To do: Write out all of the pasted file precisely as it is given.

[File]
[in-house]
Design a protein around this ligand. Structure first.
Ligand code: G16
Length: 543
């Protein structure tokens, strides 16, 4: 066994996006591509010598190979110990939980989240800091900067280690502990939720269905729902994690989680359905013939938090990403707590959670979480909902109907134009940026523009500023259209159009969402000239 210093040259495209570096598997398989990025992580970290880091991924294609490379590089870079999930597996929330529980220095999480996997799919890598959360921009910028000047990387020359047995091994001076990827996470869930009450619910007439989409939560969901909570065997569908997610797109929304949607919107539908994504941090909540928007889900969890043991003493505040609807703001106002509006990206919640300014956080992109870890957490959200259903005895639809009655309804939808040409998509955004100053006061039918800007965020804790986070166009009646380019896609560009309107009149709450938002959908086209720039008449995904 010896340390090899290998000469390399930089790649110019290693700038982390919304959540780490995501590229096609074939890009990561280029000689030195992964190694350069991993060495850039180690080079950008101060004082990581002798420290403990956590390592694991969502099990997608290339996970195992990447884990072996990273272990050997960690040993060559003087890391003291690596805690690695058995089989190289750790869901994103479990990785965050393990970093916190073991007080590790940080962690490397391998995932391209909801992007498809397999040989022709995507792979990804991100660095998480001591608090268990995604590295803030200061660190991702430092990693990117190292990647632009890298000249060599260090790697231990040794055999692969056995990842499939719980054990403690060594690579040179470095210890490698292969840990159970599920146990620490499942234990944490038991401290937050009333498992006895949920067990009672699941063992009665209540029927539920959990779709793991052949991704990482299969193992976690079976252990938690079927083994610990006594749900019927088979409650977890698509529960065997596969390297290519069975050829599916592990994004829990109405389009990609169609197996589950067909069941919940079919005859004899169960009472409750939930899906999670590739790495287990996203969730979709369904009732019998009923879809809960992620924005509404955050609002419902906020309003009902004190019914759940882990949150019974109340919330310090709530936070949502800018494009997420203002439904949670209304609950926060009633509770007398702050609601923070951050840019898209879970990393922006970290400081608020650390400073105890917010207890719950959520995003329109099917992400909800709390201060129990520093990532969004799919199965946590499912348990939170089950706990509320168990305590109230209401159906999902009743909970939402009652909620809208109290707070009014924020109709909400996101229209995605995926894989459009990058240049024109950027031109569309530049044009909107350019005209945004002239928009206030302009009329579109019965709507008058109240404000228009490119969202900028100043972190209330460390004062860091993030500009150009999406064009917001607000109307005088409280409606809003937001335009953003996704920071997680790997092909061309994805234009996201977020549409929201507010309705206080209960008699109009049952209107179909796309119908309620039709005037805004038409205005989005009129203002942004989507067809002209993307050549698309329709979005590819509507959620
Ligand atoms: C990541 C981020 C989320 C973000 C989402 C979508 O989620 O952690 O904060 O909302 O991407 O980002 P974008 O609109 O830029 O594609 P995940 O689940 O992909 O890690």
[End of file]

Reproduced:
[in-house]
Design a protein around this ligand. Structure first.
Ligand code: G16
Length: 543
């Protein structure tokens, strides 16, 4: 066994996006591509010598190979110990939980989240800091900067280690502990939720269905729902994690989680359905013939938090990403707590959670979480909902109907134009940026523009500023259209159009969402000239 210093040259495209570096598997398989990025992580970290880091991924294609490379590089870079999930597996929330529980220095999480996997799919890598959360921009910028000047990387020359047995091994001076990827996470869930009450619910007439989409939560969901909570065997569908997610797109929304949607919107539908994504941090909540928007889900969890043991003493505040609807703001106002509006990206919640300014956080992109870890957490959200259903005895639809009655309804939808040409998509955004100053006061039918800007965020804790986070166009009646380019896609560009309107009149709450938002959908086209720039008449995904 010896340390090899290998000469390399930089790649110019290693700038982390919304959540780490995501590229096609074939890009990561280029000689030195992964190694350069991993060495850039180690080079950008101060004082990581002798420290403990956590390592694991969502099990997608290339996970195992990447884990072996990273272990050997960690040993060559003087890391003291690596805690690695058995089989190289750790869901994103479990990785965050393990970093916190073991007080590790940080962690490397391998995932391209909801992007498809397999040989022709995507792979990804991100660095998480001591608090268990995604590295803030200061660190991702430092990693990117190292990647632009890298000249060599260090790697231990040794055999692969056995990842499939719980054990403690060594690579040179470095210890490698292969840990159970599920146990620490499942234990944490038991401290937050009333498992006895949920067990009672699941063992009665209540029927539920959990779709793991052949991704990482299969193992976690079976252990938690079927083994610990006594749900019927088979409650977890698509529960065997596969390297290519069975050829599916592990994004829990109405389009990609169609197996589950067909069941919940079919005859004899169960009472409750939930899906999670590739790495287990996203969730979709369904009732019998009923879809809960992620924005509404955050609002419902906020309003009902004190019914759940882990949150019974109340919330310090709530936070949502800018494009997420203002439904949670209304609950926060009633509770007398702050609601923070951050840019898209879970990393922006970290400081608020650390400073105890917010207890719950959520995003329109099917992400909800709390201060129990520093990532969004799919199965946590499912348990939170089950706990509320168990305590109230209401159906999902009743909970939402009652909620809208109290707070009014924020109709909400996101229209995605995926894989459009990058240049024109950027031109569309530049044009909107350019005209945004002239928009206030302009009329579109019965709507008058109240404000228009490119969202900028100043972190209330460390004062860091993030500009150009999406064009917001607000109307005088409280409606809003937001335009953003996704920071997680790997092909061309994805234009996201977020549409929201507010309705206080209960008699109009049952209107179909796309119908309620039709005037805004038409205005989005009129203002942004989507067809002209993307050549698309329709979005590819509507959620
Ligand atoms: C990541 C981020 C989320 C973000 C989402 C979508 O989620 O952690 O904060 O909302 O991407 O980002 P974008 O609109 O830029 O594609 P995940 O689940 O992909 O890690």